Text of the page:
Salty, crunchy, nutritious and edible raw or cooked, purslane (Portulaca oleracea) could soon be ready for its fifteen minutes of vegetable fame. We planted some this year in our summer vegetable garden and I’ve used it in a lot of salads this week.
Purslane is a common weed in North America. We’d love to be able to forage it in the neighborhood but, for some reason, it only tends to appear in unappetizing locations: usually the gutter (I think it needs a bit more water than what falls naturally from the sky here). You can eat the whole plant: stems and leaves. It has a salty and slightly lemony flavor reminiscent of New Zealand spinach.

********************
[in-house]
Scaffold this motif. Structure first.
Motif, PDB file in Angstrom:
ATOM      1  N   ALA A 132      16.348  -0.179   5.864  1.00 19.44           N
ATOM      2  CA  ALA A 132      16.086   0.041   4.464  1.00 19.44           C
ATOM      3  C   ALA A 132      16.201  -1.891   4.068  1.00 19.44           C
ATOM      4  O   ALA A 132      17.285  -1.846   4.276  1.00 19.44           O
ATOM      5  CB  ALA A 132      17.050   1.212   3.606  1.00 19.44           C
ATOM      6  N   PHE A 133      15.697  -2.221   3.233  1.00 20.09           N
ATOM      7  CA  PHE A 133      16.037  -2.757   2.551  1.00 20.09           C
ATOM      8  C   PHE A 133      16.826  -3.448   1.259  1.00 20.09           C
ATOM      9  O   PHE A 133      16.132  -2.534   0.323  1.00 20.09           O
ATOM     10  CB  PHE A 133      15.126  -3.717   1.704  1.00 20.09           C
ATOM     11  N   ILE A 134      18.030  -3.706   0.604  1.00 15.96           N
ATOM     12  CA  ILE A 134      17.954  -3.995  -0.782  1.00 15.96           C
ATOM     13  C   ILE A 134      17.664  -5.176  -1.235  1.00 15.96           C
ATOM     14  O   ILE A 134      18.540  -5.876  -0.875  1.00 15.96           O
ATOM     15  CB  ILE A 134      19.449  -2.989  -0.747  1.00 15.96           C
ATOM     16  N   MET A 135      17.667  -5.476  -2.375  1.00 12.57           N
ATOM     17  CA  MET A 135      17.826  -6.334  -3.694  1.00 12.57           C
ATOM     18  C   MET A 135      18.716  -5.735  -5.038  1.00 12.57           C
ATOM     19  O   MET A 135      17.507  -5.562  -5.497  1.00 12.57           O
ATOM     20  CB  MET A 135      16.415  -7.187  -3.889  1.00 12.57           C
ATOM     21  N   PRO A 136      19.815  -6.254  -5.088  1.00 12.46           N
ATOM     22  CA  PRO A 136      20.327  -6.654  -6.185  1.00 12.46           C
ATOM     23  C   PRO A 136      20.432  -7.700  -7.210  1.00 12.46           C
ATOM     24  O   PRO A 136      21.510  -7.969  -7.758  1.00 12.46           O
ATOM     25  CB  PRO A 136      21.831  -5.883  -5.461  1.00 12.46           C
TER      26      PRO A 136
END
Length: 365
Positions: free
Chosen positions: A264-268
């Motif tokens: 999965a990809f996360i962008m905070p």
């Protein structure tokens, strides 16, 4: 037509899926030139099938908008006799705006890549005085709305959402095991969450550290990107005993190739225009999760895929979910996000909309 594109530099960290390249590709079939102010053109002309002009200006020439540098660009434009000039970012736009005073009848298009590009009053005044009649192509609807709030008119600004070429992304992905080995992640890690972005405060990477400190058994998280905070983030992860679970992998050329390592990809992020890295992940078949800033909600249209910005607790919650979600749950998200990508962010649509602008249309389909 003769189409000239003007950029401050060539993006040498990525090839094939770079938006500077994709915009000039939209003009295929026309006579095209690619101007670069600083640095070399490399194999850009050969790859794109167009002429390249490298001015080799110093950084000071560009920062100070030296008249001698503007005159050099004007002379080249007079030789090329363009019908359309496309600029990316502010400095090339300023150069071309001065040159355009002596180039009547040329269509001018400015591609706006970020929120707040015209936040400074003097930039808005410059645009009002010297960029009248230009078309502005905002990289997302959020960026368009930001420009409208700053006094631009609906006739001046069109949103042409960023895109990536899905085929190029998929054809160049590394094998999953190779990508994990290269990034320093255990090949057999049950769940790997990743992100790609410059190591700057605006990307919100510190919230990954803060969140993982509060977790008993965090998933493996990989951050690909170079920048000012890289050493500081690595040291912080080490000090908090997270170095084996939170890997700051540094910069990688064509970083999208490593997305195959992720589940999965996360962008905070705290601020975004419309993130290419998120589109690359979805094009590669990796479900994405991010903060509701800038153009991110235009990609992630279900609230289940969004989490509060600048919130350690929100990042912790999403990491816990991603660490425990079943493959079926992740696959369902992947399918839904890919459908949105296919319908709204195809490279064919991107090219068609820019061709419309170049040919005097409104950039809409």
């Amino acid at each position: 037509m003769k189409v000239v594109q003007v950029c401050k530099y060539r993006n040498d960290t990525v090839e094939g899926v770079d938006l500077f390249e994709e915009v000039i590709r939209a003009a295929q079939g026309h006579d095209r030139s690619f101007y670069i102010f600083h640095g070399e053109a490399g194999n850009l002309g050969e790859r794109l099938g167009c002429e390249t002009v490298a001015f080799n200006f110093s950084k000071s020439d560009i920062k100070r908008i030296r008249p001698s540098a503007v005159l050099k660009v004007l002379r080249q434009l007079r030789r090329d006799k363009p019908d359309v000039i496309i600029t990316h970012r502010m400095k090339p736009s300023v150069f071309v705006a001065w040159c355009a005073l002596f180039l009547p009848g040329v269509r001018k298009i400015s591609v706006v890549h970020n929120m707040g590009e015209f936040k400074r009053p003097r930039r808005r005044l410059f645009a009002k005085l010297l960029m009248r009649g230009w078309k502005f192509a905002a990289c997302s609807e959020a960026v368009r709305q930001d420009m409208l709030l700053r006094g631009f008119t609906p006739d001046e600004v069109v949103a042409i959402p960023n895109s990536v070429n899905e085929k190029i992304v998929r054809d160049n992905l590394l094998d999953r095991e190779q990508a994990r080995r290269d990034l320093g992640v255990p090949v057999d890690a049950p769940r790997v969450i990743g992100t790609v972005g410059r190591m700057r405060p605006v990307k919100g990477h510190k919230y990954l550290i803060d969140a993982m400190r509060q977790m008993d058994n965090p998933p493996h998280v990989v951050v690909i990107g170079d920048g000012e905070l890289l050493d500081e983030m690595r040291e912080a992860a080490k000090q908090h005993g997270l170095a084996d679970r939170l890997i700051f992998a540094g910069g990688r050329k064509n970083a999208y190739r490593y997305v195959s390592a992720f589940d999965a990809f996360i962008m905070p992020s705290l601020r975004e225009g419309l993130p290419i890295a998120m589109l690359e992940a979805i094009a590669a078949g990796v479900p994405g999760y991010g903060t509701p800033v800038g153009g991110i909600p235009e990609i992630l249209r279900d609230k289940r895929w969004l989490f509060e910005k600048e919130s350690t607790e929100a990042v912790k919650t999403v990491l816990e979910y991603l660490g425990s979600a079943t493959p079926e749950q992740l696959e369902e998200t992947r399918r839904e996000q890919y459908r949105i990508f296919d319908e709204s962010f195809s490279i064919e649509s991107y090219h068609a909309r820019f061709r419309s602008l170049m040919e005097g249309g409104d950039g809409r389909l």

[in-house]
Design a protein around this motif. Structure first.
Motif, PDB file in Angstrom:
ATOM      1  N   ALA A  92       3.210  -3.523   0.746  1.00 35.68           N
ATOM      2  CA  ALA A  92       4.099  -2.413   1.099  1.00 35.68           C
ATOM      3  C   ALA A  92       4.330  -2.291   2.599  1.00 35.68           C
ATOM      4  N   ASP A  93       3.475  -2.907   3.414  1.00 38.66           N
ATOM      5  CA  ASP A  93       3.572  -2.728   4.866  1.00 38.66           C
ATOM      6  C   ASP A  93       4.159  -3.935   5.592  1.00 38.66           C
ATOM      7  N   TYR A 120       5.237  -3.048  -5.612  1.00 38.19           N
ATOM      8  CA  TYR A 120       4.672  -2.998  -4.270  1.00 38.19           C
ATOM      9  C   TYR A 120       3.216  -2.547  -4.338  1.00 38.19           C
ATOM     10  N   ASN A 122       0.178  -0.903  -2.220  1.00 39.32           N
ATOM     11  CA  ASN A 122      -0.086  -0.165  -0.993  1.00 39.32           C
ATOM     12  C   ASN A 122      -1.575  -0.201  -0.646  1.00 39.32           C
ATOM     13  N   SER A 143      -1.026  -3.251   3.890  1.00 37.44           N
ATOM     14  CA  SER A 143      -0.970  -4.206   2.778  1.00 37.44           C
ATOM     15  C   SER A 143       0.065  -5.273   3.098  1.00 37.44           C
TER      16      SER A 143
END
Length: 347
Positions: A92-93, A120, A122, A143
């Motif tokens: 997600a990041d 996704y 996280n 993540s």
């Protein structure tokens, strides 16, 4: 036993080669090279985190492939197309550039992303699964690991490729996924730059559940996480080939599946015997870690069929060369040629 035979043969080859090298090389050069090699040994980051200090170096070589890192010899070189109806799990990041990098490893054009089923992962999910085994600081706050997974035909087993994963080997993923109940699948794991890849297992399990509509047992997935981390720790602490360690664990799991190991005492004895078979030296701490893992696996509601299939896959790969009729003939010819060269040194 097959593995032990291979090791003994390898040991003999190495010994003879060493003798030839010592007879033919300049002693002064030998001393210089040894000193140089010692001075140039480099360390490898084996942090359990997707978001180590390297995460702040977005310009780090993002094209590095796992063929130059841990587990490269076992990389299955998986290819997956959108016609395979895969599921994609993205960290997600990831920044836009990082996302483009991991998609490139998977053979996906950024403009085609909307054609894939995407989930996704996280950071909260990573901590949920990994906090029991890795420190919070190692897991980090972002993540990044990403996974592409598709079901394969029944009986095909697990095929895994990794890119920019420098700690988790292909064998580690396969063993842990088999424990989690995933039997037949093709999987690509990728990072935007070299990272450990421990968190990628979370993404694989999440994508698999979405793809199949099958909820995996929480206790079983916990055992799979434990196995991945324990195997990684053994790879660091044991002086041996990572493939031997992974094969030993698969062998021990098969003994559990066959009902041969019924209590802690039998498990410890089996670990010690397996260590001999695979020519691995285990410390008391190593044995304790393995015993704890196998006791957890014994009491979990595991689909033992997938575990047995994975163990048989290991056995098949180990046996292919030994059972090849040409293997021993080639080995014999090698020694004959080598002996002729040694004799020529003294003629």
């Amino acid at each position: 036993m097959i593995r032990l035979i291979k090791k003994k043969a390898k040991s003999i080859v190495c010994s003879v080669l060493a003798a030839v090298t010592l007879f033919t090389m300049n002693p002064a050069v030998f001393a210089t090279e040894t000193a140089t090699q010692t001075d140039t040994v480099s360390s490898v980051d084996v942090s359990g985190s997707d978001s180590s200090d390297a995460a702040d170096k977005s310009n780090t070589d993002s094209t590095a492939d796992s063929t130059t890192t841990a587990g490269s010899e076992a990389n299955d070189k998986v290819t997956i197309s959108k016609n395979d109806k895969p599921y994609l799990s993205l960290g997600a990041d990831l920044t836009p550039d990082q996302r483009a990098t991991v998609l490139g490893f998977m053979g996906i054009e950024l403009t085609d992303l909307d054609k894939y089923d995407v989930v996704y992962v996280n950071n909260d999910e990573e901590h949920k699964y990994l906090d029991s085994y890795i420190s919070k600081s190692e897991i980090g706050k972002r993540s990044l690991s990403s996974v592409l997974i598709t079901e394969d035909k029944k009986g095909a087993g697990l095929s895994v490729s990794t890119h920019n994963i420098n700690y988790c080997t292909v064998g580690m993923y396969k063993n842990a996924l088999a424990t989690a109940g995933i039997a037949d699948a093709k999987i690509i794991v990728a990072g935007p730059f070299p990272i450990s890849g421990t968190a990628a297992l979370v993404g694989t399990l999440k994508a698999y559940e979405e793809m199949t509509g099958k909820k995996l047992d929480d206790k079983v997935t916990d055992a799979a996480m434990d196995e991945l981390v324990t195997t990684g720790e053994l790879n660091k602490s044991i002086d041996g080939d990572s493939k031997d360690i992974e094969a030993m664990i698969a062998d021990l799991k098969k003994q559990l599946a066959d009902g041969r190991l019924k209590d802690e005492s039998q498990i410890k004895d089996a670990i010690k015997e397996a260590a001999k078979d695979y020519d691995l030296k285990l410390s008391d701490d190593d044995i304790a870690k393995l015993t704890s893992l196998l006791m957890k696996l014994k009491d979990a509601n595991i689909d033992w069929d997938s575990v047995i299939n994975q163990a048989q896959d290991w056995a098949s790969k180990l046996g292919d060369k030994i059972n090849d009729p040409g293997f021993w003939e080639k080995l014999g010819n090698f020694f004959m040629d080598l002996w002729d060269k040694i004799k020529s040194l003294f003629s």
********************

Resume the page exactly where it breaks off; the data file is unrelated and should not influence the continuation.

There’s always a huge bin of it at Super King, our local Armenian supermarket. In Armenia it’s gathered in the wild and used either raw in salads or lightly sauteed.
There’s even a World Cup tie-in. The color of the plant in South America is associated with green/white soccer uniforms.
Have you grown purslane? Foraged purslane? How do you like to eat it?